Gold Price Outlook for April 2023
The tide appears to have turned, just as it did at the crucial moment in 2008. And just like it was the case back then, it seems that most people missed it.
The thing is that people are usually concerned with very short-term news and price moves:
Gold rallied by $X, yesterday!
Rates were just hiked by x%!
And so on…
In reality, these events are just triggers for events that are unfolding in tune with long-term trends and analogies. Some of those triggers make perfect sense, and some don’t, as markets can act in the “buy-the-rumor-sell-the-fact” mode, thus greatly perplexing those who expect the market moves to always be in tune with the news that was just announced.
Boy, were those folks surprised when the rates were cut by 0.75% back in 2008 and the stock market still plunged!
There are myriads of such examples, and examining them leads to one major takeaway. Even though it might seem exciting and very important to focus on those immediate-term events, it is actually the analysis of trends, technicals, and analogies to previous situations that actually brings useful insights that can then help one make profitable trades. Of course, no technique is perfect, and nobody, including yours truly, can guarantee any kind of performance, but based on two decades of my experience in the precious metals market, I see how useful this is, especially compared to any attempts to guess what the next “unexpected news” is going to be (hint: even if it happens as one had thought, it sometimes has a different effect than one had expected).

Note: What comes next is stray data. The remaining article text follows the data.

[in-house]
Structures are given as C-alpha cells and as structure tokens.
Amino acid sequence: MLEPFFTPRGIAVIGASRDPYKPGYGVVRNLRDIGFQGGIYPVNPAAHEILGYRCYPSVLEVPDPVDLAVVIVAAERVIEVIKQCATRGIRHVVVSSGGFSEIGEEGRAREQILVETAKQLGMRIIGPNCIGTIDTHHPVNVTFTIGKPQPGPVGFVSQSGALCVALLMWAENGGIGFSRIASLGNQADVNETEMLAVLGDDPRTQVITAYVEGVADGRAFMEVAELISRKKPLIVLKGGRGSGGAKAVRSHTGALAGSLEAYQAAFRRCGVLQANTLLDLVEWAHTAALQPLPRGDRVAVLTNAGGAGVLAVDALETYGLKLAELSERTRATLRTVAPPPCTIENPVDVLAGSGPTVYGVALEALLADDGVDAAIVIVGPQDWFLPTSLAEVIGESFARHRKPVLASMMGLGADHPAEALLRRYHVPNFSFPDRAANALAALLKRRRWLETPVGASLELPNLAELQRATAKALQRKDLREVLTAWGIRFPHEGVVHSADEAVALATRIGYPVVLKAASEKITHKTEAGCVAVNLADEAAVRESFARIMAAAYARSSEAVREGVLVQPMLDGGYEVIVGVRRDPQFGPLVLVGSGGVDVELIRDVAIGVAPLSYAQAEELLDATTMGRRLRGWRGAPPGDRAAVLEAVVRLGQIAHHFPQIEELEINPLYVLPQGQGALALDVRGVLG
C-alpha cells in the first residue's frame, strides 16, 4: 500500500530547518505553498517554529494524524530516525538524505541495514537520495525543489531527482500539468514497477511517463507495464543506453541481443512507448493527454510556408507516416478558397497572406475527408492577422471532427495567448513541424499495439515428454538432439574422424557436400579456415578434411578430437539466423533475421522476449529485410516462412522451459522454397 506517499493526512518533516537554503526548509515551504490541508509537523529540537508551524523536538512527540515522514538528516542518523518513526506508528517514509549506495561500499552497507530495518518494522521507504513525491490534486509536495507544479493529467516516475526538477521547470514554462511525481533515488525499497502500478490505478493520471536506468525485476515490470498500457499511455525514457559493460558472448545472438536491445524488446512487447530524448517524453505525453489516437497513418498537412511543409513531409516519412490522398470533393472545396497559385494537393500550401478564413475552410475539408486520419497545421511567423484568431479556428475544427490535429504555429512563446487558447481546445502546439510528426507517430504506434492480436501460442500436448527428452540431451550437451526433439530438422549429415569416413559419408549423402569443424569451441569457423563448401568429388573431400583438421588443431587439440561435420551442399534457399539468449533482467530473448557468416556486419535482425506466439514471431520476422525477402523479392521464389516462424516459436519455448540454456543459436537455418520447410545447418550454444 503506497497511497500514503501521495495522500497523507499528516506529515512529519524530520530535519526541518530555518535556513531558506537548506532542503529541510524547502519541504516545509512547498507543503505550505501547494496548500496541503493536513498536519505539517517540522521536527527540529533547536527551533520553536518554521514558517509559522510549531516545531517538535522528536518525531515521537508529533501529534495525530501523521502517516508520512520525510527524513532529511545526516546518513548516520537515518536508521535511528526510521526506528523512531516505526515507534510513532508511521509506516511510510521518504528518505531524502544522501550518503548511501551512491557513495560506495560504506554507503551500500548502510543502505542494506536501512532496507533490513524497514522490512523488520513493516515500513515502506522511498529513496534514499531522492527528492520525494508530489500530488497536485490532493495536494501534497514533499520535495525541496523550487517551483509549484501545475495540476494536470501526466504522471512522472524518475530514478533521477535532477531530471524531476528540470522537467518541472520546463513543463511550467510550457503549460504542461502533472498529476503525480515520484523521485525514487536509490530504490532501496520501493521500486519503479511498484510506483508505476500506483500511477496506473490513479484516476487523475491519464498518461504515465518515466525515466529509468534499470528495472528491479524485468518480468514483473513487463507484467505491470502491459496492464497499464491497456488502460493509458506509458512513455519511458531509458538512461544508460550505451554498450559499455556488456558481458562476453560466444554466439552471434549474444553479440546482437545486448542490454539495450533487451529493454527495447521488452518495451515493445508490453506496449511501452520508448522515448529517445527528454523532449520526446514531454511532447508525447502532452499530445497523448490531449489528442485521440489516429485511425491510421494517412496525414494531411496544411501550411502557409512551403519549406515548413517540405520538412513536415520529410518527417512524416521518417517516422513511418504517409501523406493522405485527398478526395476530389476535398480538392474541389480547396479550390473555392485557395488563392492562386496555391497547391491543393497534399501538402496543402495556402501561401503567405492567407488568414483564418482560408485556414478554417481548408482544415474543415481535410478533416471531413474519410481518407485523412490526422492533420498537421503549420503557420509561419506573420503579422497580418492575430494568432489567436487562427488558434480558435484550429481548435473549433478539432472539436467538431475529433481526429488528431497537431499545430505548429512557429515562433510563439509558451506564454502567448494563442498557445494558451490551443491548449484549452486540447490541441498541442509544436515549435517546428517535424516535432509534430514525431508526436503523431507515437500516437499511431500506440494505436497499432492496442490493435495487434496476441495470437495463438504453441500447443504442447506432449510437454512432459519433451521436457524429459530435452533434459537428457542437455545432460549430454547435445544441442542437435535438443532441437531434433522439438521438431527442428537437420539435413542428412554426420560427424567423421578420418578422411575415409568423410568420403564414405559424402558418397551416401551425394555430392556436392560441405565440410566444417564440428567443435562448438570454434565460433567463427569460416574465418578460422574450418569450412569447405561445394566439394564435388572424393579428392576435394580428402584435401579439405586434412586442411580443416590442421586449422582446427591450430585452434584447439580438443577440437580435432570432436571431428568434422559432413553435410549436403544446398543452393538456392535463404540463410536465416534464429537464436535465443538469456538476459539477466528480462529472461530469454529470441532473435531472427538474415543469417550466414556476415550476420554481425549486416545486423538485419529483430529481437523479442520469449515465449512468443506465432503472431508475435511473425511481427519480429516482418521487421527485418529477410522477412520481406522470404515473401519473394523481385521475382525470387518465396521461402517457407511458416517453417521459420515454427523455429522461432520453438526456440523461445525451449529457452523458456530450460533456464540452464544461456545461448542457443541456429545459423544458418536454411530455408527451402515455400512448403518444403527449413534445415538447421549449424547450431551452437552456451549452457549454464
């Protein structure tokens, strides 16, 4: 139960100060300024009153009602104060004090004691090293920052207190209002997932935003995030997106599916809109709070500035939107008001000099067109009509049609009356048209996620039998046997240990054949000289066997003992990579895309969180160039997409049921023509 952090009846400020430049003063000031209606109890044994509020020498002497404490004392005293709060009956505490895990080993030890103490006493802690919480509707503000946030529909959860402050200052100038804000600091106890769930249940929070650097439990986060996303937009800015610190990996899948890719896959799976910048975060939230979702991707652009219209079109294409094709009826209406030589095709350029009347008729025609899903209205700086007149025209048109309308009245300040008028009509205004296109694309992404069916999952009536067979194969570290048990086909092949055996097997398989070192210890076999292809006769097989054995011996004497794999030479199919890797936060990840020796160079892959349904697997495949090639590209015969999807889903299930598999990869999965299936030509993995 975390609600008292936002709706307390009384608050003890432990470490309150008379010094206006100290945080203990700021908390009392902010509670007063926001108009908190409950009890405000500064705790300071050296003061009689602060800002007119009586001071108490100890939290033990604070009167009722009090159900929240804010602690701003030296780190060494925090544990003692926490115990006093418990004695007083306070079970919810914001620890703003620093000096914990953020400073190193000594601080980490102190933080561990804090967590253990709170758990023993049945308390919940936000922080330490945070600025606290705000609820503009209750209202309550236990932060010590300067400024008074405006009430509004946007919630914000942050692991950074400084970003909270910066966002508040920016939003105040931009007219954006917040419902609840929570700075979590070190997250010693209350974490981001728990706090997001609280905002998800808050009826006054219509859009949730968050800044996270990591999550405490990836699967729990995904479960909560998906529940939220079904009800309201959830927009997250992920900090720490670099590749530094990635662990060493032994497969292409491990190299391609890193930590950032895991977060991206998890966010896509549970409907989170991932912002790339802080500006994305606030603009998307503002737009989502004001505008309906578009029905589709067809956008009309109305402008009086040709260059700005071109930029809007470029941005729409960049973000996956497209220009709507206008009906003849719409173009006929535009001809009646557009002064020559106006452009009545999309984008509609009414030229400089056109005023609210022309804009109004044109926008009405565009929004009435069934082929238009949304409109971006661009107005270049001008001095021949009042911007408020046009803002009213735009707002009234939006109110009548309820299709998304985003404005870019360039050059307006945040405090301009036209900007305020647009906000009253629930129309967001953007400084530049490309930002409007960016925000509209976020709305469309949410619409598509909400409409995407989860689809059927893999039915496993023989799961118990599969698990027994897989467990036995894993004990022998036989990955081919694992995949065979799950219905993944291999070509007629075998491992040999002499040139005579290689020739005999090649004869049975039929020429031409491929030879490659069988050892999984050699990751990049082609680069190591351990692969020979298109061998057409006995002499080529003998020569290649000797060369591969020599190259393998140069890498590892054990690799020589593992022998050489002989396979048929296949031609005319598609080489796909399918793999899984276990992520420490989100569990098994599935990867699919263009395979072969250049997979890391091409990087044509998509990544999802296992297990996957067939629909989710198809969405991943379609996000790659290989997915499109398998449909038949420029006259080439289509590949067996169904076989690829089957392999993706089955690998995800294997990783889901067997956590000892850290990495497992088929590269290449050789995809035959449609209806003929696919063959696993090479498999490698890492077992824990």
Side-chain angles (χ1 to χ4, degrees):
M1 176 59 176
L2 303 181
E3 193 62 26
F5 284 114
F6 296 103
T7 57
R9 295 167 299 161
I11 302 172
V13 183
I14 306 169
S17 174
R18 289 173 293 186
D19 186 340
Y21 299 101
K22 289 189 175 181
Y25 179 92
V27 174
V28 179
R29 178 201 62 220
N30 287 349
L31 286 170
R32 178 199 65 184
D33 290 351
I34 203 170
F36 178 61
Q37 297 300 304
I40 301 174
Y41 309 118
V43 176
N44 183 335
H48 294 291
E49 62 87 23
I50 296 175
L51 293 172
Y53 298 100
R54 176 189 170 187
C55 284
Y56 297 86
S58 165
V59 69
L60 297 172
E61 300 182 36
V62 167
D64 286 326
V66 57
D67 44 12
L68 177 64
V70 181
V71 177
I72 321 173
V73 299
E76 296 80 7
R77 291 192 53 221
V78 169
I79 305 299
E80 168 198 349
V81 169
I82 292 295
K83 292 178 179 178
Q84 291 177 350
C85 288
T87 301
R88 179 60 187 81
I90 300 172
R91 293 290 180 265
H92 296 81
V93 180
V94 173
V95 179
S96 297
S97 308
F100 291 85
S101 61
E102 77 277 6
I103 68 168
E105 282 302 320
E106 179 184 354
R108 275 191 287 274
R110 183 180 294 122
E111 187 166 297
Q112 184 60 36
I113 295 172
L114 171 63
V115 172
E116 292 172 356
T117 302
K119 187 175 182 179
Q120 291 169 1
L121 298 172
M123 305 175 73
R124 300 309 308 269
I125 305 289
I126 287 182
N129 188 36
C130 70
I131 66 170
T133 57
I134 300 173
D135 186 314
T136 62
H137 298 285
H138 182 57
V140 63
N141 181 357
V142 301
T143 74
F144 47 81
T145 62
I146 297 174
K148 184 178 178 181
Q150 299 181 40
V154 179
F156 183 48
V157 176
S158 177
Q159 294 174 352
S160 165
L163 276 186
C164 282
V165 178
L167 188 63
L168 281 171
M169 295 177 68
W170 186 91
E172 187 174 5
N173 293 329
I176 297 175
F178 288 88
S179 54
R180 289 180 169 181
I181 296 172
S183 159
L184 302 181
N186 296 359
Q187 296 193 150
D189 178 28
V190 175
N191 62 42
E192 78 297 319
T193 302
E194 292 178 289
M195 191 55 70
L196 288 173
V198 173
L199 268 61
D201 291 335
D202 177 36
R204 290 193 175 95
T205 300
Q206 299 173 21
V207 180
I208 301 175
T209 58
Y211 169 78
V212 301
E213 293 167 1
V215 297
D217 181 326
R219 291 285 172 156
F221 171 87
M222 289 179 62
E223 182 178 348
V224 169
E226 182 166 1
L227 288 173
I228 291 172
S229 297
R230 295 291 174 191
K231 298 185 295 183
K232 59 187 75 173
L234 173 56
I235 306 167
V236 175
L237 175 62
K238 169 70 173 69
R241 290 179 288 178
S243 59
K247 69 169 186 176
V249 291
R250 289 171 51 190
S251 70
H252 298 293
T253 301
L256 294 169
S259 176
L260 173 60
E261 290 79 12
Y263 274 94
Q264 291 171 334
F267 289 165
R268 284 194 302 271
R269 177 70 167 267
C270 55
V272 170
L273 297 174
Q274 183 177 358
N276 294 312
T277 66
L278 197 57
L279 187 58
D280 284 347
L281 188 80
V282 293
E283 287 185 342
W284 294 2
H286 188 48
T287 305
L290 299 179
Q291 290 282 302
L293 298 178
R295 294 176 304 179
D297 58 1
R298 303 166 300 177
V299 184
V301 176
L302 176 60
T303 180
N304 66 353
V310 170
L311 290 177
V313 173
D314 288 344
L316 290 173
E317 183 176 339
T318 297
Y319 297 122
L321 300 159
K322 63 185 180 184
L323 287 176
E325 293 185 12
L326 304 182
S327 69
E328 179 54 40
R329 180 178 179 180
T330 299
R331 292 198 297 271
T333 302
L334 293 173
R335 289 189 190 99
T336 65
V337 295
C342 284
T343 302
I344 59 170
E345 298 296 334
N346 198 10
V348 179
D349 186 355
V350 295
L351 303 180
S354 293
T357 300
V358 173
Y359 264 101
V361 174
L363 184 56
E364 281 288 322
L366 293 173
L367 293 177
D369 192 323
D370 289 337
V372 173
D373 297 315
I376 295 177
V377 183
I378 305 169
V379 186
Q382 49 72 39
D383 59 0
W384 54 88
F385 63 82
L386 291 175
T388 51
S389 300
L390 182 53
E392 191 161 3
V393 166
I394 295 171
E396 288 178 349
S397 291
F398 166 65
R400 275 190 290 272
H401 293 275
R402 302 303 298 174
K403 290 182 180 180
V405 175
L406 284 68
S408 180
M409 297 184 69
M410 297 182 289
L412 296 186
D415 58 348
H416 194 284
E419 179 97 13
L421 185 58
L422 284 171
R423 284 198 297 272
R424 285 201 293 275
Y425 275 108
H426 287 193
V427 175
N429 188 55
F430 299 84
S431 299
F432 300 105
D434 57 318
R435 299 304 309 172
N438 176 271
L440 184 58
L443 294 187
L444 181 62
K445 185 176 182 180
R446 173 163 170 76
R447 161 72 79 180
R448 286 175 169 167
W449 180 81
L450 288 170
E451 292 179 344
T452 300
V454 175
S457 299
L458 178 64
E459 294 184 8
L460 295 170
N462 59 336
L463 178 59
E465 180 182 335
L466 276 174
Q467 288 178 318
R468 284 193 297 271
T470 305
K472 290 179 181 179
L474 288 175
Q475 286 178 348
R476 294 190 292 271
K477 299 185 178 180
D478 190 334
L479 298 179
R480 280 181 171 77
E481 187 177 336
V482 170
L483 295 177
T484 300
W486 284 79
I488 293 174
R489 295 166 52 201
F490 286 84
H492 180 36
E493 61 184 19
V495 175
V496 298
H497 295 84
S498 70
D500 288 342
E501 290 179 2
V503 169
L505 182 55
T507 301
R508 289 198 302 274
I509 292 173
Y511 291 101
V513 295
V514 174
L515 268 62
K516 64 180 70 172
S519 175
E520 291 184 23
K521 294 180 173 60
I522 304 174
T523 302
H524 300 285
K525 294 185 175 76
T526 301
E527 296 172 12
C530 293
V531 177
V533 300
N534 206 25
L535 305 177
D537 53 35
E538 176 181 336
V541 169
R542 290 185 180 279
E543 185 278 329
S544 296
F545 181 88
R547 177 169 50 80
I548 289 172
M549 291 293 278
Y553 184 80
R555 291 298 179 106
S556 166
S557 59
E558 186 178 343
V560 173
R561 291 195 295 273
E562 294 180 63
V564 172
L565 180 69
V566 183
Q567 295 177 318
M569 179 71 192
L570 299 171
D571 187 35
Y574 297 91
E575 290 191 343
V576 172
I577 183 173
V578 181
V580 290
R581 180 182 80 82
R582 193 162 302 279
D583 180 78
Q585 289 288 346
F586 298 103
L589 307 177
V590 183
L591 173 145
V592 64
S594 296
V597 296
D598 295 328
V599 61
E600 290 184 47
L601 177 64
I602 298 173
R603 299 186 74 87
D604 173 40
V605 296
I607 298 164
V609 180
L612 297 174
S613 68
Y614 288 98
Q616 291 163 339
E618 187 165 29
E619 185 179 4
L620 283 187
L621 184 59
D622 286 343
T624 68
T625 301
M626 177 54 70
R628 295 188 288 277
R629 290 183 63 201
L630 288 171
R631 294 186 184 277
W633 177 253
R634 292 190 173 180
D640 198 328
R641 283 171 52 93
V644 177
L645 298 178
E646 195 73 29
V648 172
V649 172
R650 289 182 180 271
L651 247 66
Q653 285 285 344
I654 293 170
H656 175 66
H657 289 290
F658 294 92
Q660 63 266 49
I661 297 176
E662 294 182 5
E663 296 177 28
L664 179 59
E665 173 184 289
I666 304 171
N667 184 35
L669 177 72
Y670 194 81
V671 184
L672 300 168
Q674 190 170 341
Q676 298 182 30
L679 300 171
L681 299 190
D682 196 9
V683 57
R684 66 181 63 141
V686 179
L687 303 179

When forecasting gold prices, it’s no different. Focusing on the big picture comes first, and spotting analogies to what has already happened is second. Trying to guesstimate what’s about to take place in the news is much further down the list.
The space here is limited (and so is everyone’s time), so to make a long story short, the big picture for gold is not as bullish as it might seem based on its most recent move above $2,000. No. Gold is barely above its 2011 high in nominal terms (not to mention real terms), despite loads of dollars being printed in the meantime and even despite the war outbreak in Europe.
Silver and mining stocks are much below their 2011 highs – in fact, mining stocks are even well above their 2008 highs in many cases.
This doesn’t show the strength of the market, but rather its weakness.
As far as analogies to the previous cases go, gold, silver, and mining stocks appear to be repeating their performances from previous periods, and the most important of the analogies seems to be the one to what happened in 2008.
The reason is that it’s not only visible from a technical point of view, and it’s not only visible across many markets, but actually some of the fundamental news surrounding the price moves are similar.
Starting with the latter, the rates are moving up, and that was also what preceded the 2008 slide (not directly, but still). And do you remember the Lehman collapse that was one of the first dominoes to fall? This time, it was the Silicon Valley Bank.
Ultimately, in the aftermath of all this, both gold and silver prices plunged profoundly, but there was a huge counter-trend rally first.
What did gold do back then? It soared for about a week, then traded sideways before finally topping slightly higher than it did initially.